> some of the now-unfashionable words in the comments for a
    > suite of multiple-precision arithmetic functions and got
    > blank stares at the code review.
    >
    > However, it's probably a good thing the style has largely
    > shifted to the generic "operand" as a catch-all -- otherwise,
    > we'd need to come up with a special name for the operand of
    > sizeof. Any votes for "measurand?"


    "sizand"
    The operators all seem to have an operand
    that begins with at least a partial spelling of the operator.

    --
    pete
    pete, Nov 14, 2005
    #6
  7. Ryan Wang

    Thad Smith Guest

    Ryan Wang wrote:

    > here is the function:
    >
    > int sum(int a,int b)
    > {
    > int c;
    > c = a + b;
    > return c;
    > }
    >
    > How many spaces will system alloc for
    > it when calling the function?(4 Bytes
    > for an int)


    The amount of memory required for the code and for the data
    varies from one implementation to another and is outside the scope of
    Standard C as discussed here. You could look at the output of a
    specific compiler to determine its allocation.

    > I still have a lot of questions that makes
    > me confuse.such as the return value of
    > sizeof() func,


    sizeof returns the size of an object or object type in bytes.

    > where to alloc the memory for the variable of the funcs etc.


    For fixed size variables, they are usually defined at the beginning of
    the function or beginning of a block where they are used (C99 allows
    definition to be placed within a block) . Variables that have the size
    decided are runtime as allocated with malloc() and friends.

    > And which book will discuss such questions
    > in detail?


    K&R2 (Kernigan & Richie: The C Programming Language) is a good place to
    start. The C FAQ <http://www.eskimo.com/~scs/C-faq/top.html> is another
    good resource.

    --
    Thad
    Thad Smith, Nov 14, 2005
    #7
  8. Eric Sosman <> writes:
    > Keith Thompson wrote:
    >> [...]
    >> sizeof is an operator, not a function. It yields the size of its
    >> argument in bytes; the argument can be either an expression or a type
    >> name in parentheses.

    >
    > Since sizeof is an operator, not a function, it might
    > be best to avoid mentioning its "argument." Operators
    > have "operands," or in this case "operand."


    Yes, good point.

    --
    Keith Thompson (The_Other_Keith) <http://www.ghoti.net/~kst>
    San Diego Supercomputer Center <*> <http://users.sdsc.edu/~kst>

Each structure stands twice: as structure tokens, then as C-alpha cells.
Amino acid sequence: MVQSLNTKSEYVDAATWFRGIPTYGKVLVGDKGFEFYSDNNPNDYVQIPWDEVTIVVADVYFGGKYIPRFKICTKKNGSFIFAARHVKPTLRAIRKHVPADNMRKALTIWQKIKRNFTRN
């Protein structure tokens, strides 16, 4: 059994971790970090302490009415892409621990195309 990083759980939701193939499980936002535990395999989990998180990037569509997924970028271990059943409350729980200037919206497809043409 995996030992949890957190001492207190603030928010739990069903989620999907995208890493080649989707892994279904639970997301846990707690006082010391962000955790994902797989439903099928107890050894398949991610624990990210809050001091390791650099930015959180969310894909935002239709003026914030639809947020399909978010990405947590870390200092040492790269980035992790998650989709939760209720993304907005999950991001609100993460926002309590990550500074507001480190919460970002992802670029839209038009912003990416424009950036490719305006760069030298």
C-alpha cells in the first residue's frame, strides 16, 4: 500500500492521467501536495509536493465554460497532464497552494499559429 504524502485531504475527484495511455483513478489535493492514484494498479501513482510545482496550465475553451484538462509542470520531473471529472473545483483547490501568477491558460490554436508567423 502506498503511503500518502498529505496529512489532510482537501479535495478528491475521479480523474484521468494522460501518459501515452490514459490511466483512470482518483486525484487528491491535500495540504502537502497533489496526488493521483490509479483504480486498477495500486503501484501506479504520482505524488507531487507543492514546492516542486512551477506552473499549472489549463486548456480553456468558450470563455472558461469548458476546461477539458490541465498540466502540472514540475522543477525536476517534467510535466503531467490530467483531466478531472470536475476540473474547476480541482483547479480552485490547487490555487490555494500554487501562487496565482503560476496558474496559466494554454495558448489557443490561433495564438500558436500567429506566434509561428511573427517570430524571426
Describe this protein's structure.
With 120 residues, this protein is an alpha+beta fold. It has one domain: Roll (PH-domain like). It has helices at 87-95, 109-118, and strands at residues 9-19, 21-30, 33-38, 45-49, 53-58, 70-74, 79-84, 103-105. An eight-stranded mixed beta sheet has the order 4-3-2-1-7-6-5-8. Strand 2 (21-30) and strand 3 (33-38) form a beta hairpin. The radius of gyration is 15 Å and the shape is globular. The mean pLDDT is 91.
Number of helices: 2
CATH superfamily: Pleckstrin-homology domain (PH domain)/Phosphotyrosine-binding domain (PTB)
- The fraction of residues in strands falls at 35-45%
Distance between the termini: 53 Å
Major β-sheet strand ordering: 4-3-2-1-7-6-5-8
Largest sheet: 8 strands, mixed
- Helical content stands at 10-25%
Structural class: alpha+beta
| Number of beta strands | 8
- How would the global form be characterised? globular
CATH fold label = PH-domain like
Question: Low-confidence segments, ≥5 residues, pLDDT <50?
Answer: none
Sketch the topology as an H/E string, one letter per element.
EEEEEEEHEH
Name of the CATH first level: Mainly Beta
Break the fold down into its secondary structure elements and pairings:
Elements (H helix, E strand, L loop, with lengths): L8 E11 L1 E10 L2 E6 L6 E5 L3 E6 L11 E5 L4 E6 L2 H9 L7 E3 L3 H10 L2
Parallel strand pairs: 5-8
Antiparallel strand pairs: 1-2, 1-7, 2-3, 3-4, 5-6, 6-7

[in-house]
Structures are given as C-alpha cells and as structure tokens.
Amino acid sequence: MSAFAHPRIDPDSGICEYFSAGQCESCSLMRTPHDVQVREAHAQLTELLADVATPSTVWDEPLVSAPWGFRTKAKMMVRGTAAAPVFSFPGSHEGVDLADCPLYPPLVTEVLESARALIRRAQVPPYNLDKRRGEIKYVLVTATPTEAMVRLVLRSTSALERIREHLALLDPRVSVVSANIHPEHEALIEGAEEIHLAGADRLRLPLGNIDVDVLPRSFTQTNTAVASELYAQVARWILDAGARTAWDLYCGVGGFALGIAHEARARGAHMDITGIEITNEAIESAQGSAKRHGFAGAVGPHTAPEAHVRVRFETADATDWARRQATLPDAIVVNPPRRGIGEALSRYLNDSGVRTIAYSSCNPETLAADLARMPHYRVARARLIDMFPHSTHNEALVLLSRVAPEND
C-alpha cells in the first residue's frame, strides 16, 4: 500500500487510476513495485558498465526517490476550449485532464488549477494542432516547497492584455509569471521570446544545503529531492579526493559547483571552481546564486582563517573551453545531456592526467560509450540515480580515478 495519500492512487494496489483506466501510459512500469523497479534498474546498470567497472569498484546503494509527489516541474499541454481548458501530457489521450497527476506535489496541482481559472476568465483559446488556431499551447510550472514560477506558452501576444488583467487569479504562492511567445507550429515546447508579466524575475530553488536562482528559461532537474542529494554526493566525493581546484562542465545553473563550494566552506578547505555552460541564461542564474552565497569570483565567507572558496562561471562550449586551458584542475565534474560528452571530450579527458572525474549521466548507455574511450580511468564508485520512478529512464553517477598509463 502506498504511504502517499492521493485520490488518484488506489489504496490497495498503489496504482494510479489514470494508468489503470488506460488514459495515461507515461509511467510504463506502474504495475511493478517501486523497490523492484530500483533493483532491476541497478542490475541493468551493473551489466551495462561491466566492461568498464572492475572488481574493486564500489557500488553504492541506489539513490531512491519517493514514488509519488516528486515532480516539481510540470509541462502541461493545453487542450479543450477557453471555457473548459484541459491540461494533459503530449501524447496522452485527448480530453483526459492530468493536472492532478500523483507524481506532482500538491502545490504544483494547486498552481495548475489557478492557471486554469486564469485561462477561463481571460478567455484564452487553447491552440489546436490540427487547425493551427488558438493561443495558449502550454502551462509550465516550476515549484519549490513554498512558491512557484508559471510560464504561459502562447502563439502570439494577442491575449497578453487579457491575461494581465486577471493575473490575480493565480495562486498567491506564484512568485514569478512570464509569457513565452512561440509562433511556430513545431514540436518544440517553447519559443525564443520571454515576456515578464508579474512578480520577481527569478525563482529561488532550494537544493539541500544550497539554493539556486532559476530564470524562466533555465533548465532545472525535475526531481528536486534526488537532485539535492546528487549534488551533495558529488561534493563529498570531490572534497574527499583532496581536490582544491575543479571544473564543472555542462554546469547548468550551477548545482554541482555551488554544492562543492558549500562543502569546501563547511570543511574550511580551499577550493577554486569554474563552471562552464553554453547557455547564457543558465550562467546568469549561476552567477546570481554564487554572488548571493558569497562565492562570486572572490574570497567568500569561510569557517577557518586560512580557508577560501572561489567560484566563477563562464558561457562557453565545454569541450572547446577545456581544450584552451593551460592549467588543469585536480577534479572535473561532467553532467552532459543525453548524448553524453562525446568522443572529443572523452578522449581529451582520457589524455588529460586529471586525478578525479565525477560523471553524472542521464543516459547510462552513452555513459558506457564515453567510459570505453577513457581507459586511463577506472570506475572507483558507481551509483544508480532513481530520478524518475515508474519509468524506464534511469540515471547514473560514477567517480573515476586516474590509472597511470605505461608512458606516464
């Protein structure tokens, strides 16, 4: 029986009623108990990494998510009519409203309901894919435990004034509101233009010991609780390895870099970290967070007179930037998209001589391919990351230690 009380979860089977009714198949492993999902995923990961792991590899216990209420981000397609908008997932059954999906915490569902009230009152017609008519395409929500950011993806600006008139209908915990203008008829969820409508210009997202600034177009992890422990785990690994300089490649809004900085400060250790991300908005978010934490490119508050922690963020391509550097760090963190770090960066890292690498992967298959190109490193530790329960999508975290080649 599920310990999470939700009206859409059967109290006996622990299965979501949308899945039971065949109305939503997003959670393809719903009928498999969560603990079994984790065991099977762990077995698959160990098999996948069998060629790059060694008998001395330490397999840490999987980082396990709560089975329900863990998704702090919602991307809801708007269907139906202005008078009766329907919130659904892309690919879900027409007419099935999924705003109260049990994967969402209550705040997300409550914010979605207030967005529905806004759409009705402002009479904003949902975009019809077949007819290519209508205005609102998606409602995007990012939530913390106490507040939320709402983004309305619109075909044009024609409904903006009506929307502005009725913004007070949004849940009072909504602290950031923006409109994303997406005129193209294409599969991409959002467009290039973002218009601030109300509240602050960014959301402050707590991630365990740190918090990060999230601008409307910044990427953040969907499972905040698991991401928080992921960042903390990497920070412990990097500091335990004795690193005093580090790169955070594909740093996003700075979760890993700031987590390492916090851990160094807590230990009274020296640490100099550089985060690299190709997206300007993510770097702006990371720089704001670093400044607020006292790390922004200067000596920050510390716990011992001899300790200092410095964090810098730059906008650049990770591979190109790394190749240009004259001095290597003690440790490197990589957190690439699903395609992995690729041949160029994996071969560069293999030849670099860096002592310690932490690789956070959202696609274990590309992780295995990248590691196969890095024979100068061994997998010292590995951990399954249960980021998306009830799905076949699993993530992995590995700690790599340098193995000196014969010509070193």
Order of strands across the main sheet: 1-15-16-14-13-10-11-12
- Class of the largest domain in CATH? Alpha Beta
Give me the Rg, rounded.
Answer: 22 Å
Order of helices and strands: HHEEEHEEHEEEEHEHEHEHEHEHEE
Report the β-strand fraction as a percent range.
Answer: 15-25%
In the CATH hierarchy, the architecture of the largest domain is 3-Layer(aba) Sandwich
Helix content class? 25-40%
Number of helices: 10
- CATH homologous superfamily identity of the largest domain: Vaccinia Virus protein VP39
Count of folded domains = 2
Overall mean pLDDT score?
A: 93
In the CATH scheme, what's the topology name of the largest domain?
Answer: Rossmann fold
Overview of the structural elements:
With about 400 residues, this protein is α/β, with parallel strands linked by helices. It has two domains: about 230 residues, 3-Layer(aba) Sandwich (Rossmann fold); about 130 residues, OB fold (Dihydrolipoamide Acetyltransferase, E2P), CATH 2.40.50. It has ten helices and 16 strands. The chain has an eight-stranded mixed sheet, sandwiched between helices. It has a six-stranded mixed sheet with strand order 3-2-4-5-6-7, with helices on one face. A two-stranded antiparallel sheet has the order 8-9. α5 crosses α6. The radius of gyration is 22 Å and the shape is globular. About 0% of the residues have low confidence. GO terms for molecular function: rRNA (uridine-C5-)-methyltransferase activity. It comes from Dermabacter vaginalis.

We must do something. This is something. Therefore, we must do this.
    Keith Thompson, Nov 14, 2005
    #8
  9. Ryan Wang

    Eric Sosman Guest

    [OT] Re: Memory alloc for a Function

    pete wrote:
    > Eric Sosman wrote:
    >
    >
    >> <Musing> Remember when there used to be different
    >>names for different operands? Augend and addend, minuend
    >>and subtrahend, and the rest?

    >
    >
    > multiplicand


    Yes, of course. Not sure why you didn't mention its
    co-operand (co-conspirator?), the multiplier.

    Lots of specialized arithmetic or mathematical terms
    seem to have fallen out of favor. I've encountered
    "abscissa" only a few times, and have never seen "surd"
    outside of fiction (the surname of a grouchy professor of
    mathematics, whose lovely daughter was Abscissa Surd) or
    of comic riddling verse:

    But what are all such gaities to me
    Whose thoughts are full of indices and surds?
    x^2 + 7x + 53 = 11/3.

    -- Lewis Carroll

    --
    Eric Sosman
    lid
    Eric Sosman, Nov 15, 2005
    #9
  10. Ryan Wang

    pete Guest

    Re: [OT] Re: Memory alloc for a Function

    Eric Sosman wrote:
    >
    > pete wrote:
    > > Eric Sosman wrote:
    > >
    > >
    > >> <Musing> Remember when there used to be different
    > >>names for different operands? Augend and addend, minuend
    > >>and subtrahend, and the rest?

    > >
    > >
    > > multiplicand

    >
    > Yes, of course. Not sure why you didn't mention its
    > co-operand (co-conspirator?), the multiplier.


    "multiplicand" was the only other one that I could remember.
    I used it recently in a post on this newsgroup.

    --
    pete
    pete, Nov 15, 2005
    #10
  11. Re: [OT] Re: Memory alloc for a Function

    In article <> Eric Sosman <> writes:
    > pete wrote:
    > > Eric Sosman wrote:
    > >
    > >> <Musing> Remember when there used to be different
    > >>names for different operands? Augend and addend, minuend
    > >>and subtrahend, and the rest?

    > >
    > > multiplicand

    >
    > Yes, of course. Not sure why you didn't mention its
    > co-operand (co-conspirator?), the multiplier.


    dividend and divisor.

    > I've encountered
    > "abscissa" only a few times, and have never seen "surd"
    > outside of fiction


    Ah, sci.math is a work of fiction?
    --
    dik t. winter, cwi, kruislaan 413, 1098 sj amsterdam, nederland, +31205924131
    home: bovenover 215, 1025 jn amsterdam, nederland; http://www.cwi.nl/~dik/
    Dik T. Winter, Nov 15, 2005
    #11